Learn about life, relationships & differences

Sharing books together will help   teach your child about relationships, situations, personalities, and what is good and what is bad in the world they live in.  Fantasy books provide material for imagination and free play.  Fairy tales fascinate most children, and help them distinguish between what is real and what is not.

Reading at different times of the day

Read with your child every day, a bedtime story is a vital part of a night time routine, signalling the end of a busy day and a time for rest and sleep.  There may be other opportunities during the day when you can share stories, poems and rhymes together, especially if your child is at home with you for some, or all, of the day. All reading is good – Don’t discount non-fiction, comics, graphic novels, magazines and leaflets. Reading is reading and it is all good.


Make reading a playful two-way experience

Don’t be afraid to try different voices or try out your acting skills. While you may not win an Oscar, your child will enjoy your performance and appreciate the story even more. Remember that your face says it all – so exaggerate! The first time you share a book together, read it through purely for enjoyment.  Whilst it is important to ask your child questions about the book, they can come later.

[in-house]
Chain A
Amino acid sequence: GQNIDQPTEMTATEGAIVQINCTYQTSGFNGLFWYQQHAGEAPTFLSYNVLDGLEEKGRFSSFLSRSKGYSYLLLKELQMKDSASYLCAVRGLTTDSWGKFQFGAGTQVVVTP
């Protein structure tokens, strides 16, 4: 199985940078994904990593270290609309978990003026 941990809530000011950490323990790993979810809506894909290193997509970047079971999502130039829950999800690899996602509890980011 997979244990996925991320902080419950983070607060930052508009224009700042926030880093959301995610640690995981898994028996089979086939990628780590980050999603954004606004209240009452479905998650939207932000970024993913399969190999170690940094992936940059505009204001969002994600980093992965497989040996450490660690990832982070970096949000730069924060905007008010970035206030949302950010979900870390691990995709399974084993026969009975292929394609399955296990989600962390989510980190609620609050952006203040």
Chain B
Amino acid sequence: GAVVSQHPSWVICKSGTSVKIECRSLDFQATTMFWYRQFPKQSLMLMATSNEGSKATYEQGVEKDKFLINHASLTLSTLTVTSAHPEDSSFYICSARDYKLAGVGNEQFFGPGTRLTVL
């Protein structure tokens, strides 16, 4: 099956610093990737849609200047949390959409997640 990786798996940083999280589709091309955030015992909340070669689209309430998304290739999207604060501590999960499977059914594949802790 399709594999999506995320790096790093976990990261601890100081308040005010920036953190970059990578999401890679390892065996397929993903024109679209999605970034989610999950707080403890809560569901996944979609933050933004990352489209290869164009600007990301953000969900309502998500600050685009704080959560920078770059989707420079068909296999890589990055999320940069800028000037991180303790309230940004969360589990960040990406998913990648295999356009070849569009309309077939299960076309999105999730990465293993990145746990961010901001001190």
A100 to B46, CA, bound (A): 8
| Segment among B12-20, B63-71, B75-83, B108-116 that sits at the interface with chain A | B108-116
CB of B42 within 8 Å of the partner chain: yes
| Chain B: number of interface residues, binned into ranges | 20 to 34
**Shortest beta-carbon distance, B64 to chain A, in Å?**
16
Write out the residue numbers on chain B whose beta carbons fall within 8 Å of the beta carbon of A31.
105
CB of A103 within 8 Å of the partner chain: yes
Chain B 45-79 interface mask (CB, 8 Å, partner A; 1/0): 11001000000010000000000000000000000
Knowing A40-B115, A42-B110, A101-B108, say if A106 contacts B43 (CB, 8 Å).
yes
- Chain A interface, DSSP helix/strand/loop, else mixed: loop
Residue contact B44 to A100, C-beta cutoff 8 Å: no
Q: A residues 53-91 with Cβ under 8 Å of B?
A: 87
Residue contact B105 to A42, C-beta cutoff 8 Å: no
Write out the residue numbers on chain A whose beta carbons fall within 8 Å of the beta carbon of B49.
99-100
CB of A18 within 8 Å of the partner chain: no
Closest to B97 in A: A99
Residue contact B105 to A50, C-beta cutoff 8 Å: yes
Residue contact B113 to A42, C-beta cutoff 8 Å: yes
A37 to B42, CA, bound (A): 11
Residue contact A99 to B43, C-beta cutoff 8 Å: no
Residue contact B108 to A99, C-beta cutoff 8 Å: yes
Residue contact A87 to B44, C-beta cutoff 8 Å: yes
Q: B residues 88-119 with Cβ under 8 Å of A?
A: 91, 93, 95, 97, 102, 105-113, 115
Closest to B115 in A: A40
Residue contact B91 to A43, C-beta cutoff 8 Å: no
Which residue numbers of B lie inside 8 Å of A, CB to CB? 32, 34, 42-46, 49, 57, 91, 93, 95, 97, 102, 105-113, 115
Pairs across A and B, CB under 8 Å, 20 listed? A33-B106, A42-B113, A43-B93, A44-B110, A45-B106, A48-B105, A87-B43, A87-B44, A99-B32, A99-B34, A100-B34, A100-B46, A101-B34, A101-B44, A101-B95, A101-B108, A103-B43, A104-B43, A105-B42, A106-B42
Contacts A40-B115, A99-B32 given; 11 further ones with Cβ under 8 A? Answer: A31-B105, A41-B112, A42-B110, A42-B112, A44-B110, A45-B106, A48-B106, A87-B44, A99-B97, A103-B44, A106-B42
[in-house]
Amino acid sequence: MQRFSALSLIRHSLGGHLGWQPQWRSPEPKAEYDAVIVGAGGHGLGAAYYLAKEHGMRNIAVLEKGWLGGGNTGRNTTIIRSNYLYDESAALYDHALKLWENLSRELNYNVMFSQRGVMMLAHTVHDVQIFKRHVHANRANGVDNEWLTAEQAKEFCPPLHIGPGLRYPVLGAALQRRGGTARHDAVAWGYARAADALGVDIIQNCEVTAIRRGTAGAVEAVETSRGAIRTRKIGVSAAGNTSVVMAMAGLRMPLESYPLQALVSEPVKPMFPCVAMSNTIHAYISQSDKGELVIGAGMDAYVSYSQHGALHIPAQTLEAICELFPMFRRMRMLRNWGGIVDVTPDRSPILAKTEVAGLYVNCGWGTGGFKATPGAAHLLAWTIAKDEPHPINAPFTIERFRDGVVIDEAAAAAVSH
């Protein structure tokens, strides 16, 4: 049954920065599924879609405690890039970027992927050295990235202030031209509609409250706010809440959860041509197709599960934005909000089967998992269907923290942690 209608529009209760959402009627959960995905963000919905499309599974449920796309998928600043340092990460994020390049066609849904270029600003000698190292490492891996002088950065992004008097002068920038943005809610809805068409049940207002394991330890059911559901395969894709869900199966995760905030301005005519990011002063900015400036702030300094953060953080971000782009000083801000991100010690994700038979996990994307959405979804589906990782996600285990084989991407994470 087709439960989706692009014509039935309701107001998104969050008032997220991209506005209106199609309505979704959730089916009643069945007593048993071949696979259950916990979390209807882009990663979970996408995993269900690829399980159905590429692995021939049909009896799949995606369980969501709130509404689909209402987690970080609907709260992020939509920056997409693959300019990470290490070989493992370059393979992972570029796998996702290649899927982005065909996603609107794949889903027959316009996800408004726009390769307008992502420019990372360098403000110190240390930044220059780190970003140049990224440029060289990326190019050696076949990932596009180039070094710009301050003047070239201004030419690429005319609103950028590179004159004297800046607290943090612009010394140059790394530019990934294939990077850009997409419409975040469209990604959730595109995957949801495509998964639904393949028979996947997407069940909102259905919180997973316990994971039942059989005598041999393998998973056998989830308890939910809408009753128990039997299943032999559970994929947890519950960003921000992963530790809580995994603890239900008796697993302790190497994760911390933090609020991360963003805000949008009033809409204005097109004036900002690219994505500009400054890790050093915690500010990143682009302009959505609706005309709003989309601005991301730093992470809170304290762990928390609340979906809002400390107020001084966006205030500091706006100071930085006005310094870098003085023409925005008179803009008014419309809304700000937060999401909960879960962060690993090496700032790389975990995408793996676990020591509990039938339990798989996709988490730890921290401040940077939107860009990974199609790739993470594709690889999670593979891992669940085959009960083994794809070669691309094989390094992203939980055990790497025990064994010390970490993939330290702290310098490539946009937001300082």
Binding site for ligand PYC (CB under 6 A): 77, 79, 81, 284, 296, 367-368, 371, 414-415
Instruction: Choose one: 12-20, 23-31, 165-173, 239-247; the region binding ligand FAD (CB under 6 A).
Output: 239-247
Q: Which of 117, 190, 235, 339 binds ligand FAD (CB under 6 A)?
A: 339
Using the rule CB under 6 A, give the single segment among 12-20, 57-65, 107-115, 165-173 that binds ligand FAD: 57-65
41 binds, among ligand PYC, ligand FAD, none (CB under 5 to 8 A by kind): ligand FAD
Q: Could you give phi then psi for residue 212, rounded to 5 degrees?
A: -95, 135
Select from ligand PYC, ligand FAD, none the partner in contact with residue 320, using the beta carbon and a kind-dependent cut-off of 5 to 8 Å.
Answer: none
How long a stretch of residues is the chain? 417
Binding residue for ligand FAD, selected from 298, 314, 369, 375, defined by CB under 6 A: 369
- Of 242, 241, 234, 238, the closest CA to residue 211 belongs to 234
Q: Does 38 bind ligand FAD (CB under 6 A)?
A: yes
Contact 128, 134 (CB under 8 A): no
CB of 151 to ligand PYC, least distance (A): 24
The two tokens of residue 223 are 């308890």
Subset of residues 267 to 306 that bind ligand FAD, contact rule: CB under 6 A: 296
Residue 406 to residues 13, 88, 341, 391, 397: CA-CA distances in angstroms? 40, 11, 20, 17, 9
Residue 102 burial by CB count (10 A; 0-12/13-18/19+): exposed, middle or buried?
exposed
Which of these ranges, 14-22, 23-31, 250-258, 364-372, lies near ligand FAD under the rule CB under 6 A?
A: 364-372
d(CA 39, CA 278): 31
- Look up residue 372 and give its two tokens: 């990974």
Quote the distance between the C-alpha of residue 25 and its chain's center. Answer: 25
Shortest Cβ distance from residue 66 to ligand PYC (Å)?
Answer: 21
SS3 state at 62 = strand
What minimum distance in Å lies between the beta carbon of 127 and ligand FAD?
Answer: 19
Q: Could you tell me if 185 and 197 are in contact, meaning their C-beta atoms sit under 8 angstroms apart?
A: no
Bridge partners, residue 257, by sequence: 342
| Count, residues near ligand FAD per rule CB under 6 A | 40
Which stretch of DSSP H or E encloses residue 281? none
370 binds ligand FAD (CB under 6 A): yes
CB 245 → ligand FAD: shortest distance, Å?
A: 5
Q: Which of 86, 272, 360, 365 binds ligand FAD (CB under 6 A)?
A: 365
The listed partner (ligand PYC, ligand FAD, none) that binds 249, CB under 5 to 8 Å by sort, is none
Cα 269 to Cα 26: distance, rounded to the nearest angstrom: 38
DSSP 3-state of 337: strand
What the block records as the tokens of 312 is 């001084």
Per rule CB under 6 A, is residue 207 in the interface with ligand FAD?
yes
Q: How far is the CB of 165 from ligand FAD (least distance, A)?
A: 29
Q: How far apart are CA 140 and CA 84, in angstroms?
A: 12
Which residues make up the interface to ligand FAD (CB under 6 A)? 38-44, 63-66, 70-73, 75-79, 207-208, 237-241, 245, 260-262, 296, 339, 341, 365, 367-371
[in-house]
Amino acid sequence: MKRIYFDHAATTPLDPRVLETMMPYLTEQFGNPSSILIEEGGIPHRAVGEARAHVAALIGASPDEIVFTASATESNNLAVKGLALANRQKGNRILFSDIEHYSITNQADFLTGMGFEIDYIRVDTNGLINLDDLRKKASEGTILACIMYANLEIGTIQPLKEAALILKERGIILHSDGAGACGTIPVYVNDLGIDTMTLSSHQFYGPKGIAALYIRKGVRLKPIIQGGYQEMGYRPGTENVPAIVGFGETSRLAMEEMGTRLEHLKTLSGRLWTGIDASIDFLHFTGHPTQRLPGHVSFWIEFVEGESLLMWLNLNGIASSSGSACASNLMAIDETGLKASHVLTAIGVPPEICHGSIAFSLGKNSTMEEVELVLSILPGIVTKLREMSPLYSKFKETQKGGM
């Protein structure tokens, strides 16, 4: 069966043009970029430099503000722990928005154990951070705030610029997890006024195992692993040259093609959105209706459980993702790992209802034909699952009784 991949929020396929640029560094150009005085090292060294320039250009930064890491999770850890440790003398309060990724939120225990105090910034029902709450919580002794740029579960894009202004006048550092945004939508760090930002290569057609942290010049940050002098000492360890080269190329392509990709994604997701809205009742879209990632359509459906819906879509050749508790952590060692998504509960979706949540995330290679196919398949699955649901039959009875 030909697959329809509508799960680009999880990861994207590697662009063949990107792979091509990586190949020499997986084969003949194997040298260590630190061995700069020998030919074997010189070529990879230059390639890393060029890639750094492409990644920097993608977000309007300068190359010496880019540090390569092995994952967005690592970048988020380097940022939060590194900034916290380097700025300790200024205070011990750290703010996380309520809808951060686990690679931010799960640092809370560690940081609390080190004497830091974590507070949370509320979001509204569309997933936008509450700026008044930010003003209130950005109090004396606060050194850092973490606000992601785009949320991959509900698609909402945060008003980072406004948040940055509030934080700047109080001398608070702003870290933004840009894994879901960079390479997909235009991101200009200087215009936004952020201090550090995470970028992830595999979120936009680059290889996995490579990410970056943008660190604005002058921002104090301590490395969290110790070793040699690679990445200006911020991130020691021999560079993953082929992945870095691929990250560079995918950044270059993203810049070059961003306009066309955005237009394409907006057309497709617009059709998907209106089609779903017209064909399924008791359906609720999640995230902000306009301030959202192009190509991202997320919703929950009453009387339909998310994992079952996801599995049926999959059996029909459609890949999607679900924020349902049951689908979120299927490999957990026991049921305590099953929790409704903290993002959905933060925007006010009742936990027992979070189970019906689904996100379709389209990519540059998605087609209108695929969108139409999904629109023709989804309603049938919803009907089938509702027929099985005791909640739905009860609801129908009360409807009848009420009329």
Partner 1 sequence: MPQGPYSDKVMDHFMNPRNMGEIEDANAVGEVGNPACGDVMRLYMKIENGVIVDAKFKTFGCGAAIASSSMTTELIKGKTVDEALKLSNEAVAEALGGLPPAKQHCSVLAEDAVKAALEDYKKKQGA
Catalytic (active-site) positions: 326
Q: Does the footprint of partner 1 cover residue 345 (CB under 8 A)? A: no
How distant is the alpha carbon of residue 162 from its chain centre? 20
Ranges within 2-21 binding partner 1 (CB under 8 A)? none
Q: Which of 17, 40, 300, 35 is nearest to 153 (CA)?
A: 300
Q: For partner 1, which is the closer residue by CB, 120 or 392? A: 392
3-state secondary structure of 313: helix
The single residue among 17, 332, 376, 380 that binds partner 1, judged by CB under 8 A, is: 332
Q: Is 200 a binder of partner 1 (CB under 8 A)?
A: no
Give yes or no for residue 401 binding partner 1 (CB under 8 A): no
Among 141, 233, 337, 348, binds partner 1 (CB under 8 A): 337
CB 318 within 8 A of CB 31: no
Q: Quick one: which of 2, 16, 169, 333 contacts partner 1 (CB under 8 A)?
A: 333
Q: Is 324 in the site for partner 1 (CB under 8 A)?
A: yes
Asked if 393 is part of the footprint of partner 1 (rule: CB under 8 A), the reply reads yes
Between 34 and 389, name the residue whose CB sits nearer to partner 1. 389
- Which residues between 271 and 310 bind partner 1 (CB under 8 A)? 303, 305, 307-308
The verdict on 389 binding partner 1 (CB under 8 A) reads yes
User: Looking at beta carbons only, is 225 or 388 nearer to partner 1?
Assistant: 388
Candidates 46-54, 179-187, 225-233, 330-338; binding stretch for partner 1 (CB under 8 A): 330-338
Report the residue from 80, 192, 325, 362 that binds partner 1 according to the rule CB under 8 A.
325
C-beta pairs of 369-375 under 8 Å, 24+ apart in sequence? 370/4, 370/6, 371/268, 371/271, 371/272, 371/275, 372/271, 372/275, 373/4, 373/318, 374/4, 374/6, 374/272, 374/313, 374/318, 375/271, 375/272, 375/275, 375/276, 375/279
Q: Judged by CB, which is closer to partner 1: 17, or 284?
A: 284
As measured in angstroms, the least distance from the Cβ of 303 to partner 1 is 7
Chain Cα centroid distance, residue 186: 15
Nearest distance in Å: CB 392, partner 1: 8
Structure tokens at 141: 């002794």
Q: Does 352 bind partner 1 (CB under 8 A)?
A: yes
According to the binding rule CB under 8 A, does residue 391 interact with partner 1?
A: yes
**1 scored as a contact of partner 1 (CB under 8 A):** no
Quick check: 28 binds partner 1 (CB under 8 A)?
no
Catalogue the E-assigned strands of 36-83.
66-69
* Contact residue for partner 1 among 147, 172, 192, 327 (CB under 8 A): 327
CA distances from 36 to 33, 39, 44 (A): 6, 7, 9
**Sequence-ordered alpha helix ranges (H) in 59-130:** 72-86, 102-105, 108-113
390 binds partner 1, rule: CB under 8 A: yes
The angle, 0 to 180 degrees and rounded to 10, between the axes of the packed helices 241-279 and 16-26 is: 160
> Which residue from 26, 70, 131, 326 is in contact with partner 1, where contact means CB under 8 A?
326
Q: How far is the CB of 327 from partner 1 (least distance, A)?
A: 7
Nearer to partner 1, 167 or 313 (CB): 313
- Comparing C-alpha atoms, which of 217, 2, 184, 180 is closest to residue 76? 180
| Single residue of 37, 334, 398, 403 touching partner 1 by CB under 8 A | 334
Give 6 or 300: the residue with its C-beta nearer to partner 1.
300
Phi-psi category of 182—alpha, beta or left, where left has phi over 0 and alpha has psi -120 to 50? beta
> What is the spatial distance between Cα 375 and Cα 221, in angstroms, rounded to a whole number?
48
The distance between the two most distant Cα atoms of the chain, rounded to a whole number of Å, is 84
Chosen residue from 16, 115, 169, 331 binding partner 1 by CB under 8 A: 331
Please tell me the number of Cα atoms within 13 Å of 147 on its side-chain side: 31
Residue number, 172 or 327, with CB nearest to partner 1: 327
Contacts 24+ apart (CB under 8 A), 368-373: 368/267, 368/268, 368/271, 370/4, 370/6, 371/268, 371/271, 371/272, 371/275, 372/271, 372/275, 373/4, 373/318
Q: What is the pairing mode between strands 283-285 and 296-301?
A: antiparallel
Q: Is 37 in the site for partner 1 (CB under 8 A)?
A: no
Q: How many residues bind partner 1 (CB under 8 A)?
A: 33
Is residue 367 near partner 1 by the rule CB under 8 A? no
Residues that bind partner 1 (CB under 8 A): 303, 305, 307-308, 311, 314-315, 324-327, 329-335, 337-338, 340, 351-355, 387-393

Encourage your child to re-read favourite books and poems. You may be bored but they won’t be! Re-reading helps to build up fluency and confidence.


Boost memory recall

Books and poems which include rhyme and repetition are great for encouraging your child to join in and remember the words. Emphasise repeated words and phrases, for example in the classic story ‘The Gingerbread Boy’, the phrase ‘Run, run as fast as you can, you can’t catch me I’m the Gingerbread Boy’, is often used and children quickly master this and join in. In this way, your child starts to learn the language used in books. Encourage your child to say the words with you. 


Introduce letters & punctuation to young children

As you read, follow the words with your finger. The finger should be beneath the line of text you are currently reading.  This will show your child how a sentence progresses, that a full stop represents a pause in the flow of the story and other relationships between written and spoken language.

How to make reading an interactive experience: an activity for you to try